Che Chem Ha Cave

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Che Chem Ha Cave
Che Chem Ha Cave.jpg
Alternative namePoison Water Cave
Location8 miles southeast of Benque
RegionCayo District

Che Chem Ha Cave or Chechem Ha Cave is a Mayan Ceremonial Cave, known to be a major tourist destination. It is located 8 miles southeast of Benque at the start of the Maya Mountains of Belize. [1]


The Che Chem Ha Cave (Poison Water Cave) entrance is a small hole which leads to the main tunnel (200m long), this tunnel connects to a large chamber which then connects many other small chambers high up within the cave. This cave contains many ancient Mayan artifacts so it is heavily protected to ensure the preservation of these items so visitors are only allowed to enter when escorted by a tour guide.


This cave was first discovered in 1989 by a local farmer, William Morales, while he was hunting with his dog. His dog ran into a hole within a mountain of boulders and he followed the dog and discovered the entrance of the cave. After Morales entered the cave he stumbled across hundreds of pottery vessels and other untouched artifacts left behind by the Mayans.[2][3]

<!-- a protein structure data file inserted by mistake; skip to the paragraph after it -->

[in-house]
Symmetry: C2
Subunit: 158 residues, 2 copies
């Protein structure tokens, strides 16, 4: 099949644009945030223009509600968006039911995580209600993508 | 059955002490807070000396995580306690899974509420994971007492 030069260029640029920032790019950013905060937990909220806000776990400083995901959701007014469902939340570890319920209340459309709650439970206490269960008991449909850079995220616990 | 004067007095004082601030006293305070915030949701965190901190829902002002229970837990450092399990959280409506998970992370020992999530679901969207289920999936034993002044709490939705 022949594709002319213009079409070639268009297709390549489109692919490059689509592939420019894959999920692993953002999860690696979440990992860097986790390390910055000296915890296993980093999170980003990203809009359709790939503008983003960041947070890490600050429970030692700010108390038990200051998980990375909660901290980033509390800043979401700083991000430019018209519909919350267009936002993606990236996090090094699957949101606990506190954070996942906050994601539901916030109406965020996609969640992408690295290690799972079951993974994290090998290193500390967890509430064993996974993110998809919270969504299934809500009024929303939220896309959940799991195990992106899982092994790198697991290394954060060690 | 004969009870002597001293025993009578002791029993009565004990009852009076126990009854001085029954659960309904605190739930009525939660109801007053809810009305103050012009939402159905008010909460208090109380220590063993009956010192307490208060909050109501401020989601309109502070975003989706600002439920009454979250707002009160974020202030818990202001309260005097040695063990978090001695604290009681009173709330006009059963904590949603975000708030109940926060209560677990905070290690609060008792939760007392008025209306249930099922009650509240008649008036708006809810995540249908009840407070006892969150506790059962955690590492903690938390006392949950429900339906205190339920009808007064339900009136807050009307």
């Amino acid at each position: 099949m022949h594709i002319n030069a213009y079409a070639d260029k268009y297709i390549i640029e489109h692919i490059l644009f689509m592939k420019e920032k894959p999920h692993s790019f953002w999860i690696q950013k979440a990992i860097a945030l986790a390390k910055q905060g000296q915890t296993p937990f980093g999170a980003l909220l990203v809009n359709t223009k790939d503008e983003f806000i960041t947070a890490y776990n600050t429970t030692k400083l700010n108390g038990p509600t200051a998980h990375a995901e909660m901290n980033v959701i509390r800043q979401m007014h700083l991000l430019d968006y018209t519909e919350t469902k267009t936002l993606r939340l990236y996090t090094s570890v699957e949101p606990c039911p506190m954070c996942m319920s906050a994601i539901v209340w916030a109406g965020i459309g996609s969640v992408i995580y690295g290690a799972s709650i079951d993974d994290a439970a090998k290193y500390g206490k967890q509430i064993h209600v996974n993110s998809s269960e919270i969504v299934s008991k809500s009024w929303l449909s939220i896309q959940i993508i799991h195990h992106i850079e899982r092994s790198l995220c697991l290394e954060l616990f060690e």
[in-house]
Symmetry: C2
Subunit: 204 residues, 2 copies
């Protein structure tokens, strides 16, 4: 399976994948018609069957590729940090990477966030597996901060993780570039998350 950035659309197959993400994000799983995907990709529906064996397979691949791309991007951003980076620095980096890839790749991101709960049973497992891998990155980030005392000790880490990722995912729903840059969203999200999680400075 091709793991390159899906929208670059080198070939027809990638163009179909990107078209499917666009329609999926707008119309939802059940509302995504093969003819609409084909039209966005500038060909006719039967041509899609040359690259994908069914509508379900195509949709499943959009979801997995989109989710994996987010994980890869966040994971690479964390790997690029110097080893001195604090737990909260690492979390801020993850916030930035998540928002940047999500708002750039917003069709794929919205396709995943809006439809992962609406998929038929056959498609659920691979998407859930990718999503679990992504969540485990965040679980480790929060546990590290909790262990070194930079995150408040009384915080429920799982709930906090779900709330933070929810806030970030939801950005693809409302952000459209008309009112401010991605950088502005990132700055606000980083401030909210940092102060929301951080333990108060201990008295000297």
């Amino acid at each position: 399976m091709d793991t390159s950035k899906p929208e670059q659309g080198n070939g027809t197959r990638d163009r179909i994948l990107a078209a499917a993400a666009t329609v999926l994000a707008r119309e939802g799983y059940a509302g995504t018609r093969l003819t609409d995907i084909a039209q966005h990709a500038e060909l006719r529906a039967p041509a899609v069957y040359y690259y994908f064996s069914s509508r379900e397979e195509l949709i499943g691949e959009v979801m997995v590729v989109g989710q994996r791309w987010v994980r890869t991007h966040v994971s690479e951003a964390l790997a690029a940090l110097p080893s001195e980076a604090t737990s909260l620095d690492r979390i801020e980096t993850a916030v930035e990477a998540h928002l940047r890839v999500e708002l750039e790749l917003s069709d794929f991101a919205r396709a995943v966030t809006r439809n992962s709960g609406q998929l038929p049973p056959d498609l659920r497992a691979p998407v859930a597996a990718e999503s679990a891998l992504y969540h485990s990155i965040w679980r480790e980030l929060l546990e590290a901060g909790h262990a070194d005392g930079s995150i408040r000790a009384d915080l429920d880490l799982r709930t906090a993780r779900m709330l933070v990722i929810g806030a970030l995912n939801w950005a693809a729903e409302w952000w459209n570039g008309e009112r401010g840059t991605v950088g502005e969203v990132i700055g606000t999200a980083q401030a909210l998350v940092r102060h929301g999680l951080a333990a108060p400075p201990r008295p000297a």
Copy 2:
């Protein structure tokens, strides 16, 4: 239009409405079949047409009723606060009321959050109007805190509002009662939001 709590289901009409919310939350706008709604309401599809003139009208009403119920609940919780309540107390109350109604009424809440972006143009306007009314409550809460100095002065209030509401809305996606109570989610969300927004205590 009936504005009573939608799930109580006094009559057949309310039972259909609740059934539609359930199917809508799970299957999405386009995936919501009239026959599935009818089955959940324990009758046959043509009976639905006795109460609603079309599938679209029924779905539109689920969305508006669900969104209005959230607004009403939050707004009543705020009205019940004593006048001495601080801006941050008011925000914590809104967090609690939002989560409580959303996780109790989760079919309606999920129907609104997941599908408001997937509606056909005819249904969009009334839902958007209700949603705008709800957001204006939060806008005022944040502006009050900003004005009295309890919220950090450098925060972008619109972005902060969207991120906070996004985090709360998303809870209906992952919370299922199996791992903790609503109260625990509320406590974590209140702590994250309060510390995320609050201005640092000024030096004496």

This cave contains a main chamber filled with rocks lined up which is believed to have been used for sacred Mayan rituals dating from the middle preclassic period (900-300BC) to the late classic period (700-850AD). Also, there are many chambers found high up within the cave which contain many large pottery vessels which may have been used to collect 'pure water' to be used for their rituals. [4] [5]


  1. ^ Joshua Samuel Brown,Mara Vorhees, "Chechem Ha Cave", Lonely Planet Belize, Lonely Planet, Aug 1, 2013
  2. ^ Holley Moyes, Jaime J. Awe, George A. Brook, and James W. Webster, THE ANCIENT MAYA DROUGHT CULT: LATE CLASSIC CAVE USE IN BELIZE, Latin American Antiquity, 2009
  3. ^ Richard Mahler , Jaguar's Shadow: Searching for a Mythic Cat,Yale University Press, May 14, 2014
  4. ^ Holley Moyes , Sacred Darkness: A Global Perspective on the Ritual use of Caves, University Press of Colorado, Sep 1, 2012
  5. ^ Gyles Iannone, The Great Maya Droughts in Cultural Context: Case Studies in Resilience and Vulnerability University Press of Colorado, Dec 15, 2013

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